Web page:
Oddly enough, in American schools, on college campuses, and all throughout the political left today, Islamic society is viewed with great sympathy and compassion, in spite of the extreme intolerance as mandated, and demonstrated, under Sharia law. Furthermore, in every instance of Islamic terrorism, our politicians and media unceasingly remind us how these are not representative of Muslims in general, or the Islamic faith, of which they claim is a religion of peace.
Now the Supreme Court has recently agreed to rule on President Trump’s so-called “Islamic Travel Ban” this fall. Ironically, on the North Wall Frieze of the courtroom above where the nine Supreme Justices sit, there is a depiction of Muhammad holding a Koran with his left hand, and a sword in his right hand. Did you know that a Spanish marble sculpture of the Prophet of Islam was chosen, along with seventeen other historical lawgivers, to reside over the Supreme Court Justices as they interpret and rule according to the United States Constitution?
Many moons ago, I remember watching Oliver North being interviewed on television about middle-eastern affairs; and, while addressing Islam, he mentioned a book entitled “Sufferings in Africa” by James Riley. It is an 1817 non-fiction memoir written by Riley, a ship’s captain, who was taken into slavery by “African Mohammedans” after a shipwreck off the coast of the Western Sahara in 1815. As I recall, North said he read the narrative as a young Marine and that it was, at one time, required reading in the U.S. military academies.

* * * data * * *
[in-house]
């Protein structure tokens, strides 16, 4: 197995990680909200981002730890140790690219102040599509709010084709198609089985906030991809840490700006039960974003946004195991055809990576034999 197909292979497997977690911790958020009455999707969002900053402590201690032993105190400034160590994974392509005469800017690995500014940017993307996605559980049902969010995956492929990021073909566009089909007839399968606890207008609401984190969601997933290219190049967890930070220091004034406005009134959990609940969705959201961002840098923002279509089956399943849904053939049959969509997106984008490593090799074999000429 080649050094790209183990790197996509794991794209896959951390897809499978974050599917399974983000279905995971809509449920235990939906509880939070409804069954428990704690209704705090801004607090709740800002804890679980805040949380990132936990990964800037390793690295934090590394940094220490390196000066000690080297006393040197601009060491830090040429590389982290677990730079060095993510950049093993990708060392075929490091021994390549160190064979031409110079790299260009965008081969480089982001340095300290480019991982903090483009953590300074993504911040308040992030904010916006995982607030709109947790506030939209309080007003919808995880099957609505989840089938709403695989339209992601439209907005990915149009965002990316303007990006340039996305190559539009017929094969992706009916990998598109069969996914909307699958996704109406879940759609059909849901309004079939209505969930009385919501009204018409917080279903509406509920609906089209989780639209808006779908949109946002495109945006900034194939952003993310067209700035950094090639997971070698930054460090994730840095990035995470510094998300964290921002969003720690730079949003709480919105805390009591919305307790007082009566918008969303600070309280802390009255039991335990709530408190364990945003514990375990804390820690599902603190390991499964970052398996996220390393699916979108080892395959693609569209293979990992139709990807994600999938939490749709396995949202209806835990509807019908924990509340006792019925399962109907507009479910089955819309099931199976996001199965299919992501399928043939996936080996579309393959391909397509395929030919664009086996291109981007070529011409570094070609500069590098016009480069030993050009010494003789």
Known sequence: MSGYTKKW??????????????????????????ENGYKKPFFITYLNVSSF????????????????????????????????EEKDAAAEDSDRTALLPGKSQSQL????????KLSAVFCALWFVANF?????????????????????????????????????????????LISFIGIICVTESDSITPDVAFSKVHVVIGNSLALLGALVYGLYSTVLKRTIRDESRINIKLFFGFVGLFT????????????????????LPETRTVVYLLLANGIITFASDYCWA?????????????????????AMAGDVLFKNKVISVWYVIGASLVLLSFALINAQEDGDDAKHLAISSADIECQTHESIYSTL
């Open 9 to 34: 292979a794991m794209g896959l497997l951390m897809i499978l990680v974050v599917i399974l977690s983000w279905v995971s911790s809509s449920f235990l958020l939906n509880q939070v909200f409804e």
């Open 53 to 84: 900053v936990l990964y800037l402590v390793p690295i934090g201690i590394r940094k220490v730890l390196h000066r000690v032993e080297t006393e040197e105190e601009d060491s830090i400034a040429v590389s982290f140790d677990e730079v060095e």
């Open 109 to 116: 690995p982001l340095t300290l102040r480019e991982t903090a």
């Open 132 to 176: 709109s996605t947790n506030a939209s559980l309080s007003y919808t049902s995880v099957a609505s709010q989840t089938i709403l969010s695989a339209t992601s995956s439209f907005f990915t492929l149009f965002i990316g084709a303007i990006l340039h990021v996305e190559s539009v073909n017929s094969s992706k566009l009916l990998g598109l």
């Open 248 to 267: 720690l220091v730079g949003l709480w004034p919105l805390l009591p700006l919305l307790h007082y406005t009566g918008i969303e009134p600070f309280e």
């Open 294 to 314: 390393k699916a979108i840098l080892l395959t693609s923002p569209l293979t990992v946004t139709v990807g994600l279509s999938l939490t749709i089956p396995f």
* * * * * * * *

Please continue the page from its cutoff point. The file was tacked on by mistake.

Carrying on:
I wrote down the name of the book, found it several years ago, read it, and enjoyed the tale very much. I especially appreciated the honest insights into the “Mohammedan mind” and later became fascinated by the story’s overall relevance through time. Recently, and upon reading an internet post that made mention of Barbary Pirates, I was inspired to revisit “Sufferings in Africa” once again. Because I couldn’t find my original book, I downloaded it to my phone and re-read it last week while on vacation, paradoxically, to the sounds of the surf rolling in upon the sugar-white sands adorning the shores of the very same sea where Riley began his journey, the very same week in June, exactly 202 years ago.